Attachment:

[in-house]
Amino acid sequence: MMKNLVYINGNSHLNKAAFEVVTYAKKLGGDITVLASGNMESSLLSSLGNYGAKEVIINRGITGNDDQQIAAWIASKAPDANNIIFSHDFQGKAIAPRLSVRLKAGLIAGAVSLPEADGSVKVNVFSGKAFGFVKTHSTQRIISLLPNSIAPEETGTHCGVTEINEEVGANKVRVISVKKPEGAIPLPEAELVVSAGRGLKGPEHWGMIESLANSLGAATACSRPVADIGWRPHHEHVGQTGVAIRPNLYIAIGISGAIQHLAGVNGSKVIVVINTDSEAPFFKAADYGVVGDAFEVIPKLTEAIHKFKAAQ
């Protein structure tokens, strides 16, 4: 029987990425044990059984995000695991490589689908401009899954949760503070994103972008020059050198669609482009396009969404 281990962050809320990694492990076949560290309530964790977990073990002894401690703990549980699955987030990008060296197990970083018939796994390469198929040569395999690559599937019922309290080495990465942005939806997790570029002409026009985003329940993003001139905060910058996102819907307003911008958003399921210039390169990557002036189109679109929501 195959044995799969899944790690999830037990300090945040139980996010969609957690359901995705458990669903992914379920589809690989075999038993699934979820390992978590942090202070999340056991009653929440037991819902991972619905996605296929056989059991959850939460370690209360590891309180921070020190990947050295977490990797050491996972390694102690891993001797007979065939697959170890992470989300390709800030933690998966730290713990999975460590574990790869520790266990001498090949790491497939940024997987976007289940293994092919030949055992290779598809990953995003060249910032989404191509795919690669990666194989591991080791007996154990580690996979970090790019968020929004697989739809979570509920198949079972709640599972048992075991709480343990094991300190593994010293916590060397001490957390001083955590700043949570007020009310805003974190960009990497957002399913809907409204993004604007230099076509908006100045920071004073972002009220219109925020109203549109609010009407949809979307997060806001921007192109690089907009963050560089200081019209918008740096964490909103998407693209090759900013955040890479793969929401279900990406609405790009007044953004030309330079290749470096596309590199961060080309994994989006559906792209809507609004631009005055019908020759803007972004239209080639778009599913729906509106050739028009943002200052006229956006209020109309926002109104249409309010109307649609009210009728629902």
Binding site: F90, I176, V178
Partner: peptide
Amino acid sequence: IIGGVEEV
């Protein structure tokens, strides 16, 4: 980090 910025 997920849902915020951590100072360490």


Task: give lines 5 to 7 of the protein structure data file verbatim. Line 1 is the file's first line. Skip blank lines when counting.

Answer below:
Partner: peptide
Amino acid sequence: IIGGVEEV
């Protein structure tokens, strides 16, 4: 980090 910025 997920849902915020951590100072360490």